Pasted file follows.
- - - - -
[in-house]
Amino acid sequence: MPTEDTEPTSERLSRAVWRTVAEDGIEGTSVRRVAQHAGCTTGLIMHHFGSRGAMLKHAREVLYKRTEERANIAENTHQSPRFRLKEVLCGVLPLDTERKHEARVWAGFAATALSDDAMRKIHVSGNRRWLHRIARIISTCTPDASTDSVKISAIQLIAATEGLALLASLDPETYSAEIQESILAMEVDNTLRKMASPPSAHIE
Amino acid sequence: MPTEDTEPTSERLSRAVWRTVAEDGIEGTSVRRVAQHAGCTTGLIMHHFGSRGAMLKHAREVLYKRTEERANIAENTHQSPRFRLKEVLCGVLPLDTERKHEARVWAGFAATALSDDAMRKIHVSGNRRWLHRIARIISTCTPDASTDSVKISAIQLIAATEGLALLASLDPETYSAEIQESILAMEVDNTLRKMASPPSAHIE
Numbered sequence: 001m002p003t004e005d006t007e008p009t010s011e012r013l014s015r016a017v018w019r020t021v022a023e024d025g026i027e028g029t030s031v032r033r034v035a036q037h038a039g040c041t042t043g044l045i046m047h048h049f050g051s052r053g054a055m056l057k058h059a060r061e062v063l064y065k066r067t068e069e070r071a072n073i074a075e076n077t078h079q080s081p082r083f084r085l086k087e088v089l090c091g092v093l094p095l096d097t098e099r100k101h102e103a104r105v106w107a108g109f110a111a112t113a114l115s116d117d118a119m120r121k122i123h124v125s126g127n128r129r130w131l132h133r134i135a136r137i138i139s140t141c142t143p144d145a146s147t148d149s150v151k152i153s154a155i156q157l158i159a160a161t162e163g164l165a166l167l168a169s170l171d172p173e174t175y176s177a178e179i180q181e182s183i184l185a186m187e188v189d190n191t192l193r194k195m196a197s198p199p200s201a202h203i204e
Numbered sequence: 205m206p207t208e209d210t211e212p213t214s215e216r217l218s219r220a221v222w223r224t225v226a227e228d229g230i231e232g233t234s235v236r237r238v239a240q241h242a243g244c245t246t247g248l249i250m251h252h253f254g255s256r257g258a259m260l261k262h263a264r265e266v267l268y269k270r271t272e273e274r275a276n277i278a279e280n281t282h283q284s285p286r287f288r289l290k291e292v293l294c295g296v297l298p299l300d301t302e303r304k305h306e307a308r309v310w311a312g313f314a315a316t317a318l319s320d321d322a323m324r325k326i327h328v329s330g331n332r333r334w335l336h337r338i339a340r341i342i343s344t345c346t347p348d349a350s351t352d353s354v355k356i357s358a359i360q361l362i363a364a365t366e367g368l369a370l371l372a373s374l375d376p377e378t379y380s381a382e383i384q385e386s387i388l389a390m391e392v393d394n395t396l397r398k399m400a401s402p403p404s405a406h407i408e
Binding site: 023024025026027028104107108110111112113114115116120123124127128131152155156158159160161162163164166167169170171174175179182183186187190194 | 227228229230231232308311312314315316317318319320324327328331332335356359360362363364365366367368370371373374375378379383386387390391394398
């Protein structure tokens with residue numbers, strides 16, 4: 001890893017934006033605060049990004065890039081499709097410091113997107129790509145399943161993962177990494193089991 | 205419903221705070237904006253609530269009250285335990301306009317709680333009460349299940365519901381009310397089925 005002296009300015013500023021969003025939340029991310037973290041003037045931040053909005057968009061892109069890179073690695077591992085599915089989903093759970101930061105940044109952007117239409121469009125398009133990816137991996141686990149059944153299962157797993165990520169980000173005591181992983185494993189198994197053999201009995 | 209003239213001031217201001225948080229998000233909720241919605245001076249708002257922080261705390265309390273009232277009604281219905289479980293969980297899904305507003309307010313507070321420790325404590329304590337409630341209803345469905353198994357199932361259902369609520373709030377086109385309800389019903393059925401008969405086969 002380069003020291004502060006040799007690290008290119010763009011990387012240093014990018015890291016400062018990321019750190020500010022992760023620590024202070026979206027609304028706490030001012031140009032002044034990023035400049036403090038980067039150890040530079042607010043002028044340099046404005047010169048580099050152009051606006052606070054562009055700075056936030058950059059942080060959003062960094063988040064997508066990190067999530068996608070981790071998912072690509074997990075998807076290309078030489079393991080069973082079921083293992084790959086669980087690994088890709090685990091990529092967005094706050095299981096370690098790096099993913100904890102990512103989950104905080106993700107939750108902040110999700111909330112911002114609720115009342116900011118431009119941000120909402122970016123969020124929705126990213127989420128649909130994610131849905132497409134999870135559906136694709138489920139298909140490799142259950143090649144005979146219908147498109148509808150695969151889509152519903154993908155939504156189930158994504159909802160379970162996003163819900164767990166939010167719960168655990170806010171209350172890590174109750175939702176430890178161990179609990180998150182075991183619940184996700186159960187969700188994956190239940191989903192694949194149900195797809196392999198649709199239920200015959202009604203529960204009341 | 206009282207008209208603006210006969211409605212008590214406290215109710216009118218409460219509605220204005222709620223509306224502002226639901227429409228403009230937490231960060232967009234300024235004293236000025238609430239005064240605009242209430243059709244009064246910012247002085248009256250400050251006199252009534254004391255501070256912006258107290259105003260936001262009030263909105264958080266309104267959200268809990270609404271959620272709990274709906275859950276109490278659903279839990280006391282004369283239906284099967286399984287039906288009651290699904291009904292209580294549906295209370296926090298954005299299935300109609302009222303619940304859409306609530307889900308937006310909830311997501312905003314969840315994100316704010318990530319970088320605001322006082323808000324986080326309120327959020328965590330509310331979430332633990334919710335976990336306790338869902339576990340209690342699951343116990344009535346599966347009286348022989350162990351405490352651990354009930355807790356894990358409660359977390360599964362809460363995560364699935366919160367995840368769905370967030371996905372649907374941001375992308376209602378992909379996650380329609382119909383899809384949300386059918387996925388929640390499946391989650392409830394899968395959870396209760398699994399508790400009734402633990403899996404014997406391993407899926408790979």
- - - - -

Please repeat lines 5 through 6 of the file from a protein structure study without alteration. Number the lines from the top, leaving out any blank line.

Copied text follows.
Numbered sequence: 205m206p207t208e209d210t211e212p213t214s215e216r217l218s219r220a221v222w223r224t225v226a227e228d229g230i231e232g233t234s235v236r237r238v239a240q241h242a243g244c245t246t247g248l249i250m251h252h253f254g255s256r257g258a259m260l261k262h263a264r265e266v267l268y269k270r271t272e273e274r275a276n277i278a279e280n281t282h283q284s285p286r287f288r289l290k291e292v293l294c295g296v297l298p299l300d301t302e303r304k305h306e307a308r309v310w311a312g313f314a315a316t317a318l319s320d321d322a323m324r325k326i327h328v329s330g331n332r333r334w335l336h337r338i339a340r341i342i343s344t345c346t347p348d349a350s351t352d353s354v355k356i357s358a359i360q361l362i363a364a365t366e367g368l369a370l371l372a373s374l375d376p377e378t379y380s381a382e383i384q385e386s387i388l389a390m391e392v393d394n395t396l397r398k399m400a401s402p403p404s405a406h407i408e
Binding site: 023024025026027028104107108110111112113114115116120123124127128131152155156158159160161162163164166167169170171174175179182183186187190194 | 227228229230231232308311312314315316317318319320324327328331332335356359360362363364365366367368370371373374375378379383386387390391394398